Microsoft Office Tutorials and References
In Depth Information
Access Data Types
Figure 26-19:
Top: In this example,
Access notices that you’ve
updated the attachment
file “The Story of the
Count. doc” in Word.
When you close the
Attachments window, Access
asks if you want to update
the database with the new
saved version.
Bottom: This system only
works if you keep the
Attachments window open
while you edit. If you close
the Attachments window
while the attachment file
is still open, you get a
warning message like this
one. If you continue, then
any changes you make (or
any changes you’ve made
so far and haven’t saved)
won’t be reflected in the
database. (To avoid such
headaches, attach only
files that you don’t plan
to edit.)
An AutoNumber is a special sort of data type. Unlike with all the other data types
you’ve seen, you can’t fill in the value for an AutoNumber field. Instead, Access
does it automatically whenever you insert a new record. Access makes sure that the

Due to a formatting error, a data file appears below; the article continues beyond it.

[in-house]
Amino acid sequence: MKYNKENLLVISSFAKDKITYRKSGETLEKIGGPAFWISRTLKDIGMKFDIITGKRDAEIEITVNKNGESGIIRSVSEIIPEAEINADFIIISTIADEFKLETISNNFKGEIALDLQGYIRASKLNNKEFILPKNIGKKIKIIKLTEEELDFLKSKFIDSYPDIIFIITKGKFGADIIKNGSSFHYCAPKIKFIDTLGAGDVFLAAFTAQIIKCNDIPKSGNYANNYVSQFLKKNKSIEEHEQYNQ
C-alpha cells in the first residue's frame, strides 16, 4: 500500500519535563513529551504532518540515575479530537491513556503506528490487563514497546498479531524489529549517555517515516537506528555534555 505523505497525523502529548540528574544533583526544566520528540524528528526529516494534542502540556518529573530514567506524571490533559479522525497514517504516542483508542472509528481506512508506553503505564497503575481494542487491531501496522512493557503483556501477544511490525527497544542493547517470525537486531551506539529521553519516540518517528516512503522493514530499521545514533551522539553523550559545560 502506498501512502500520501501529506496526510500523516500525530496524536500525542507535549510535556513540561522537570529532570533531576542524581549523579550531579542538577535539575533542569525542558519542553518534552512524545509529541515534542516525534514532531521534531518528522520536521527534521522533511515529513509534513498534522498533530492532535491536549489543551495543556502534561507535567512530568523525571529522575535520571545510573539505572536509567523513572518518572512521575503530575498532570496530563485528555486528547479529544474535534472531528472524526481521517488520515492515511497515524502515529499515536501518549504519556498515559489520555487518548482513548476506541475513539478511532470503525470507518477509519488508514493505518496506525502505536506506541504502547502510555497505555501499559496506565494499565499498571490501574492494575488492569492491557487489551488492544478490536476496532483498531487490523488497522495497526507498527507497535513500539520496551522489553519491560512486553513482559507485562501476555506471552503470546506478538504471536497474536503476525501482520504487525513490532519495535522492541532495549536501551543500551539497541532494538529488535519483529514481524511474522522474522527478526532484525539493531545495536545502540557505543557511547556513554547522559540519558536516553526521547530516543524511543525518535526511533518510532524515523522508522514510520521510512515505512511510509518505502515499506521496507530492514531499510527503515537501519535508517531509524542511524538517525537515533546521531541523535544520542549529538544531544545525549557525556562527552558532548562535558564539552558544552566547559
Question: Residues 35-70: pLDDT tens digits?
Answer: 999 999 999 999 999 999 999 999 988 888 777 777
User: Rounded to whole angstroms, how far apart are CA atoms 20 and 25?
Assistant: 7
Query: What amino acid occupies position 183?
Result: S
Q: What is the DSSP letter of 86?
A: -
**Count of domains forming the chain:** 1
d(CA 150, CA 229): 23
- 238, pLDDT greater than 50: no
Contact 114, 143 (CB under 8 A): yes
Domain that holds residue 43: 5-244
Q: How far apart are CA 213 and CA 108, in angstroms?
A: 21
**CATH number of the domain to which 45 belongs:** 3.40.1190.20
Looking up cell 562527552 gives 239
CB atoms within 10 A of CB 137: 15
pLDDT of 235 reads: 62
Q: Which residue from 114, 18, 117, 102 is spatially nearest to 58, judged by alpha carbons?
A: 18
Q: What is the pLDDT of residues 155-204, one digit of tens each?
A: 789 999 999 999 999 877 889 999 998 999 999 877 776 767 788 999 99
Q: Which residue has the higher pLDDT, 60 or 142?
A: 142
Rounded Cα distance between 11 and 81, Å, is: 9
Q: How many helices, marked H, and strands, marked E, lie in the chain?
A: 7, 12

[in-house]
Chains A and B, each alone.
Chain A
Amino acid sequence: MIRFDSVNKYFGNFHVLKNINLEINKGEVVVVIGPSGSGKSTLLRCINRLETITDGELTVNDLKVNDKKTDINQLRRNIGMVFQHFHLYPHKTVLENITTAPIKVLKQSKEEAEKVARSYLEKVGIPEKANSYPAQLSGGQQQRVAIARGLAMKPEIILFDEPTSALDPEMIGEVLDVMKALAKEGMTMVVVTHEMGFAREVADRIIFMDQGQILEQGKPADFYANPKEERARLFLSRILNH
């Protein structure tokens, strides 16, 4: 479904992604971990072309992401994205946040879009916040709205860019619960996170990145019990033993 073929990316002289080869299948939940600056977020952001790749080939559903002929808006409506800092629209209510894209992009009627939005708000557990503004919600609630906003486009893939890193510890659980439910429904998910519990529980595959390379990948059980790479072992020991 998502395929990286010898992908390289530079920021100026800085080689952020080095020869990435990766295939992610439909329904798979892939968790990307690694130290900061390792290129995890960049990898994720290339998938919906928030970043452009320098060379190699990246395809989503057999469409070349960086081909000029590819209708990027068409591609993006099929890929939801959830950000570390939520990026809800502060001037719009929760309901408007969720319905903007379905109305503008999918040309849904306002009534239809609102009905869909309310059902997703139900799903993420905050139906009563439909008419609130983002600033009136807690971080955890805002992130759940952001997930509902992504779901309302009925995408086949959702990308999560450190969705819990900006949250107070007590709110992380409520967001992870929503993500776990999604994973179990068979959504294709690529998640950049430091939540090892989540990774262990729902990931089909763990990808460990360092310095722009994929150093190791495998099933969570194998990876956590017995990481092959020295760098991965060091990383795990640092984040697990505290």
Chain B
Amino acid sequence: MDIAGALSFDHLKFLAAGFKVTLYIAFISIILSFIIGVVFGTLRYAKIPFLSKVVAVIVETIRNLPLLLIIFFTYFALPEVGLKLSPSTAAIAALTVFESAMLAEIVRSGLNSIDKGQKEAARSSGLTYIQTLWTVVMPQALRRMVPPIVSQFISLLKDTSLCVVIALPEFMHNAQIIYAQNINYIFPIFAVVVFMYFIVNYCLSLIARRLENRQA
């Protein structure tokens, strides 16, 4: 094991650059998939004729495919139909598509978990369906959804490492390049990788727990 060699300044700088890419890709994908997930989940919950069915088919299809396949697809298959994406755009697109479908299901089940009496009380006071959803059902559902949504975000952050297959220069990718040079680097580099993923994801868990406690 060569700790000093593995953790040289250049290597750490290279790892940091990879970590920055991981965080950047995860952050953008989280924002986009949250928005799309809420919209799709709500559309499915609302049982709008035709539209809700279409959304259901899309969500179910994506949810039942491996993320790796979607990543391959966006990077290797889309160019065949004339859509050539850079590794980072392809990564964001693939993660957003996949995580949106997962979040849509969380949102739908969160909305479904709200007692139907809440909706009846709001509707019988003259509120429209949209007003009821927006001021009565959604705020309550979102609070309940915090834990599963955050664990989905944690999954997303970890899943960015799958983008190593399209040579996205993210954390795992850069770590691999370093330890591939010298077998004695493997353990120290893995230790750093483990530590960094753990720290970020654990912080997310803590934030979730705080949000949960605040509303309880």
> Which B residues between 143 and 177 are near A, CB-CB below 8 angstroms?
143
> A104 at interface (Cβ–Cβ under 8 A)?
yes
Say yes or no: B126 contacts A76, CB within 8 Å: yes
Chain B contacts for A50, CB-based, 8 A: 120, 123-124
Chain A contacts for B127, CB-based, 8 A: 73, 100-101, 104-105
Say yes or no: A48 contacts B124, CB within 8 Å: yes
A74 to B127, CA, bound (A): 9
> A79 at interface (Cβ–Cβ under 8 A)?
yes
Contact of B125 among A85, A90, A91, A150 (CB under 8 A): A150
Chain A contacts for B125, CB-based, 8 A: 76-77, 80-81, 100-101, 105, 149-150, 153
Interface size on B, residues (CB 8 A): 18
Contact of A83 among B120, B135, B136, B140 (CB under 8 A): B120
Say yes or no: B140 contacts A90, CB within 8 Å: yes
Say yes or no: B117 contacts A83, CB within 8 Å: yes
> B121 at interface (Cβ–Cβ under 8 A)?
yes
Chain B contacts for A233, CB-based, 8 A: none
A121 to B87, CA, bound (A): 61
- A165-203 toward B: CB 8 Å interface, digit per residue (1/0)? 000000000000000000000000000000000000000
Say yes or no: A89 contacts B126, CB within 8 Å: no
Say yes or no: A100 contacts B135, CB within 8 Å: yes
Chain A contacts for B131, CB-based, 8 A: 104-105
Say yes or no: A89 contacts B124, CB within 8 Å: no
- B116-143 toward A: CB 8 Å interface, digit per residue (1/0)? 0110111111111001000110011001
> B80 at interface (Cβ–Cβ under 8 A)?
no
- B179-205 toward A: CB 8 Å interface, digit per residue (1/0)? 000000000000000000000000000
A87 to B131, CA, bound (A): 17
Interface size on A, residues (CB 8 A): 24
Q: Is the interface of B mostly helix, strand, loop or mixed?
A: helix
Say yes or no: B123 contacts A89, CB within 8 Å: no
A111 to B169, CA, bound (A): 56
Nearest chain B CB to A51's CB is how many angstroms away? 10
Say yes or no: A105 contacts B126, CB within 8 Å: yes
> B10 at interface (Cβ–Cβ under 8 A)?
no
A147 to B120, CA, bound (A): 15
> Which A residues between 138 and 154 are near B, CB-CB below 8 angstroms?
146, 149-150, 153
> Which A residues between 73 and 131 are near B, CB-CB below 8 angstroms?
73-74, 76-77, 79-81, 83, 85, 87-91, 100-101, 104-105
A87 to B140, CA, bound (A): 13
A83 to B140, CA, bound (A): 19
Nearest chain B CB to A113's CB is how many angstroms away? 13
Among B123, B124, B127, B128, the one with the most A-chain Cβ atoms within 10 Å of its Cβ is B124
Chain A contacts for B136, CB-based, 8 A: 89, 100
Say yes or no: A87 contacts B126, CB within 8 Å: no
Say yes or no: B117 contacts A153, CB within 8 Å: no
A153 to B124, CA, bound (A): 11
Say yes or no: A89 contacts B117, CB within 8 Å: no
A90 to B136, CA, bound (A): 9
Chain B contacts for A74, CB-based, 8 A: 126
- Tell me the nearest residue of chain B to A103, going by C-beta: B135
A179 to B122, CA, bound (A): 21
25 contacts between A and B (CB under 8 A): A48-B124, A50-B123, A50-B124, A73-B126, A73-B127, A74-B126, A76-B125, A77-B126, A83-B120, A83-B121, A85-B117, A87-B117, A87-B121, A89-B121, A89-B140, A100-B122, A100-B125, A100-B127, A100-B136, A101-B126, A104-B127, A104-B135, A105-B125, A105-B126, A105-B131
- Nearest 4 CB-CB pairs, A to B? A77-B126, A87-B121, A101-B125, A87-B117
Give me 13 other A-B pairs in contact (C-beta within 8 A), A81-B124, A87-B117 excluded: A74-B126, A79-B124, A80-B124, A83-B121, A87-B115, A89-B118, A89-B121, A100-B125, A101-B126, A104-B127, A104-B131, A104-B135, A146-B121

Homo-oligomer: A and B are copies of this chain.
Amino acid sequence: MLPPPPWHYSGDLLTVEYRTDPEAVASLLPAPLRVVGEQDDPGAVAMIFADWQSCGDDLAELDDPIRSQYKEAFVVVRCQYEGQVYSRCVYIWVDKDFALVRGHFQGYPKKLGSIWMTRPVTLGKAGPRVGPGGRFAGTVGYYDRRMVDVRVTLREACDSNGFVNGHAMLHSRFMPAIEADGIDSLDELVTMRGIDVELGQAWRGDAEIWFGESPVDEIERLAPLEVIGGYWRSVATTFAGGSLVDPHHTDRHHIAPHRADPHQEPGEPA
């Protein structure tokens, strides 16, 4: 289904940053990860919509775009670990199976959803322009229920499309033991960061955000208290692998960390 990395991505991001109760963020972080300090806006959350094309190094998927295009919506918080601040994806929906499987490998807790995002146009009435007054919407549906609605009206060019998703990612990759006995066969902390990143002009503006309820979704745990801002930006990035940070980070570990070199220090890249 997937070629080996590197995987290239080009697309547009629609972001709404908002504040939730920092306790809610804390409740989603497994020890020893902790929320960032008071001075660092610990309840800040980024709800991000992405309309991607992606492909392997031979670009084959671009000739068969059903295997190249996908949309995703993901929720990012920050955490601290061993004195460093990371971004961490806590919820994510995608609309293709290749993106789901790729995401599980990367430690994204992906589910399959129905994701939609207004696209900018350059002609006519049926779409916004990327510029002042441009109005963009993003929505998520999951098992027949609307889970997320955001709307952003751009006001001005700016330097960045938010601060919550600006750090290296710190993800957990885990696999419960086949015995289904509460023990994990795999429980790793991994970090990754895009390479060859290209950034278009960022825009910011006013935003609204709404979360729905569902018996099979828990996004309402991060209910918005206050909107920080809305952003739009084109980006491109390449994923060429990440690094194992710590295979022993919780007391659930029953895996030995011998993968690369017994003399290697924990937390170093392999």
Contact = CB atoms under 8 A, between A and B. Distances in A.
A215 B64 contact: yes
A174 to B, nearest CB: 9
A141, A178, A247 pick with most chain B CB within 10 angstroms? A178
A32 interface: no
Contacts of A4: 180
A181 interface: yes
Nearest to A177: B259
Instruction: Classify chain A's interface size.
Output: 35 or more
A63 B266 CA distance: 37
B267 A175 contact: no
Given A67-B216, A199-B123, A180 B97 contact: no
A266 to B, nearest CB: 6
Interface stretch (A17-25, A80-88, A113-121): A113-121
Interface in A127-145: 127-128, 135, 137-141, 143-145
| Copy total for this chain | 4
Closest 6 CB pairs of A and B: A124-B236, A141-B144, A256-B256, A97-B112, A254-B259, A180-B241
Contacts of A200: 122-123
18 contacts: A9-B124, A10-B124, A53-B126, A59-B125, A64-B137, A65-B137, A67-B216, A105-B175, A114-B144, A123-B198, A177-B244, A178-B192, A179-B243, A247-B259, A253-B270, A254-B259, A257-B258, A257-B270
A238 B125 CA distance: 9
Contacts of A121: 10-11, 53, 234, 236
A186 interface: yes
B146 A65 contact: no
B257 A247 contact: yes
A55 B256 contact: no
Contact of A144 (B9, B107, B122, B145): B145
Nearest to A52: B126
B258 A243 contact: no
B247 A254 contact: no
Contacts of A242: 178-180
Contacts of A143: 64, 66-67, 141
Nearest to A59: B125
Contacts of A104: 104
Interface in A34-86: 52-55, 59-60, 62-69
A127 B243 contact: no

AutoNumber value is unique—in other words, it never gives two records the same
AutoNumber value.
Note: Every table can have up to one AutoNumber field.
Ordinarily, the AutoNumber field looks like a sequence of numbers—Access tends
to give the first record an AutoNumber value of 1, the second an AutoNumber of
2, and so on. However, the truth isn’t so straightforward. Sometimes, Access skips
a number. This skipping could happen when several people are using a database at
once, or if you start adding a new record, and then cancel your action by pressing
Esc. You may also delete an existing record, in which case Access never reuses that
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